Opportunism: to sanction, and perhaps even enforce a no-fly zone over part of Syria — but not take the steps we did in Libya and leave most of the talking (and not-doing) to the Arab League. There are clear precedents for this. Bill Clinton’s Iraq policy, for instance, and the more recent decision by Hilary Clinton to not tighten the Egyptian generals’ financial choke chain.
Unless Syria’s armed forces split apart, the aspirations of Syrian demonstrators will mean very little. 1989 in Europe was characterized by soldiers shirking away from the responsibility of firing on demonstrators (with the significant exception of Romania). Choices were made in Tunisia, Egypt and (to a degree) Libya by the military to stop firing on demonstrators. But choices were made in Bahrain and Yemen — and increasingly, once more in Egypt — to open fire, to the detriment of the opposition movements’ unity and momentum.
This skullduggery I’ve outlined is hardly a lasting solution. Or, again, one that I advocate. It is an approach that seeks to uphold as much of the old status quo — the one where military leaders (or monarchs) contained sentiments that threatened the post-1979 U.S.-Egyptian-Israel power triangle — as possible. It is what has worked in the past. What other options do Netanyahu and Obama really have, other than embracing an “Arab Spring” that neither really believes in?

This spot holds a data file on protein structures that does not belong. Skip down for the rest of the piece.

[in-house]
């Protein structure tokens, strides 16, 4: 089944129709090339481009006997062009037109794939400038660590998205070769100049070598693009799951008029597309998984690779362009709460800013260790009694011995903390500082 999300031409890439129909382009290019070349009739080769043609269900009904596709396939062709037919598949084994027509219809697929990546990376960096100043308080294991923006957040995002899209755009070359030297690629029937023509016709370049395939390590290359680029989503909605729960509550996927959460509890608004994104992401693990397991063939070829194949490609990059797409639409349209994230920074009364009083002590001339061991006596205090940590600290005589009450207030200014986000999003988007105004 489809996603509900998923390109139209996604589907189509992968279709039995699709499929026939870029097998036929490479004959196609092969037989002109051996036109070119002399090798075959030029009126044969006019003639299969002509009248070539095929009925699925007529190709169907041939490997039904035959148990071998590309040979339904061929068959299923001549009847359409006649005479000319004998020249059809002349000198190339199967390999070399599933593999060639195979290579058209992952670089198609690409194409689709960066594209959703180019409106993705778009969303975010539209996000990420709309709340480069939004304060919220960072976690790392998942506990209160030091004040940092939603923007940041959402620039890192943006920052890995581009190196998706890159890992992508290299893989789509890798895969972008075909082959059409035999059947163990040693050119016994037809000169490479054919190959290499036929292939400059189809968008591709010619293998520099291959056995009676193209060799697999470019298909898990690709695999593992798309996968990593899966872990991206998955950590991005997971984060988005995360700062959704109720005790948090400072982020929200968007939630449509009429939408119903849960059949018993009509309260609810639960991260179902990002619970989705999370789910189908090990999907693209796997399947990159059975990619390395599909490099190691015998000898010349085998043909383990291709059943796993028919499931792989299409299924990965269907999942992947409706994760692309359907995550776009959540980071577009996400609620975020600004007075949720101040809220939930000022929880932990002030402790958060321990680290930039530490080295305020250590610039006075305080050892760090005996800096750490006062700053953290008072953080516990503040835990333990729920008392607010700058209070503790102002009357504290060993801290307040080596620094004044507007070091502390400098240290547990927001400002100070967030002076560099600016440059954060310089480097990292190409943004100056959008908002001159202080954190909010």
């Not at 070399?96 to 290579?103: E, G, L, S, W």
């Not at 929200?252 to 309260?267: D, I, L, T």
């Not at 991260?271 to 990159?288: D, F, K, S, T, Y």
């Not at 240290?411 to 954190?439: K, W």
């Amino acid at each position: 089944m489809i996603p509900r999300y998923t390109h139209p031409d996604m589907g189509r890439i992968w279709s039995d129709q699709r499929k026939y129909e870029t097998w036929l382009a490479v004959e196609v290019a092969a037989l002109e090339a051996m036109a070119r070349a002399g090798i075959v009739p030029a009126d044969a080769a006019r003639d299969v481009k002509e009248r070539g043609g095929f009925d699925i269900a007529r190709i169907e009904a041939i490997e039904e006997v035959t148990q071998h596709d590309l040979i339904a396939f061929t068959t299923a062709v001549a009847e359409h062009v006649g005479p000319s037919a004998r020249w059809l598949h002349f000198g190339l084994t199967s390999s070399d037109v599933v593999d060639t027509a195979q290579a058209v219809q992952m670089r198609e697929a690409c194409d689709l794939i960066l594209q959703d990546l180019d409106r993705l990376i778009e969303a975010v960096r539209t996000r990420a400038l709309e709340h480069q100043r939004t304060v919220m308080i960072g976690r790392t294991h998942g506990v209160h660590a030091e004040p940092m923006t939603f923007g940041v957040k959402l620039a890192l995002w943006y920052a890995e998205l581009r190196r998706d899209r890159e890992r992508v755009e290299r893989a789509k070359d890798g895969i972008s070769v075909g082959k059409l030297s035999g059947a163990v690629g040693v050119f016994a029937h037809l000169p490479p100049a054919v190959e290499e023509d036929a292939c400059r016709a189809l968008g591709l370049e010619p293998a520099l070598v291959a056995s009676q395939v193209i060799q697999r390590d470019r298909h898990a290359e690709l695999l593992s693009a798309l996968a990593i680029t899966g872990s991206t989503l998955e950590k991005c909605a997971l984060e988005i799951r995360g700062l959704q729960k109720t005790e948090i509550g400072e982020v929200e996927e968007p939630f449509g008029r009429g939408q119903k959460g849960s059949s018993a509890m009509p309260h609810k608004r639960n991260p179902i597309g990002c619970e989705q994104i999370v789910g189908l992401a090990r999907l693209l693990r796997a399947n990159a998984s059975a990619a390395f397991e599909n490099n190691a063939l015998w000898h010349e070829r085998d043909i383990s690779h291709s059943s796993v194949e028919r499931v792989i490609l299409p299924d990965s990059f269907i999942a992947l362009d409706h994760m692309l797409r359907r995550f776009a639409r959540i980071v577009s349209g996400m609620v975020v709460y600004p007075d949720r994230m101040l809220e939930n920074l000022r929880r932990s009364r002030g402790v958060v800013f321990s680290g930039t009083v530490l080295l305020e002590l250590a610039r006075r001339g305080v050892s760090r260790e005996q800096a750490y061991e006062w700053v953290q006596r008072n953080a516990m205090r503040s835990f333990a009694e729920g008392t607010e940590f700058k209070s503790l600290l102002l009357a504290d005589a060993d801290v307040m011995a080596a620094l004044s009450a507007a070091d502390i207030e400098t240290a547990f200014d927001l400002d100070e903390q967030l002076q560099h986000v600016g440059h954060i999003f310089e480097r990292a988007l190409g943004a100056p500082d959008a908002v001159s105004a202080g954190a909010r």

No more rude surprises is the maxim. Smith, for instance, seems to be forgetting his own maxim that elected Islamists are far more dangerous than al Qaeda — and there is no guarantee he will get what he wants in Syria (a secular regime distanced from Iran and Hezbollah).
Why risk it? Let the Syrian Army replay Hama a dozen times over. That will chill the climate. Turning the heat up is really not what benefits the U.S. or Israel’s present goals. Unrest in the region never has, unless it can be turned into a wedge among the two powers’ rivals.
Any and all decisive actions — game changers like Assad’s removal or the Muslims Brotherhood’s Egyptian victory — carry too much risk. Risk aversion is “in,” as Smith (ruefully) suggests of Obama over Syria. Even Netanyahu is not that big a gambler — unless he decides that it is indeed time to “finish” business in Gaza.
Smoldering unrest in Syria (or perhaps a Syria resembling Iraq in the 1990s) makes for a weak(er) Syria, and an indefinite transitional military regime in Egypt — with a fractured, relatively powerless parliament — will demonstrate who its “allies” really are (hint: not Hamas or Hezbollah).
My analysis suggests that Netanyahu and Obama are incapable of implementing a new grand strategy together. I have no doubt that this is the case, as Netanyahu effectively holds Obama hostage because Likud — his Likud — has captured the U.S.’s Israel Lobby.
Lacking trust in each other and meaningful vision, both men would be advised to avoid making any sudden moves and simply try to order back the tide through our State and Defense Departments, lest they humiliate themselves again.
Paul Mutter is a graduate student at the Arthur L. Carter Journalism Institute at NYU and a contributor to Foreign Policy In Focus.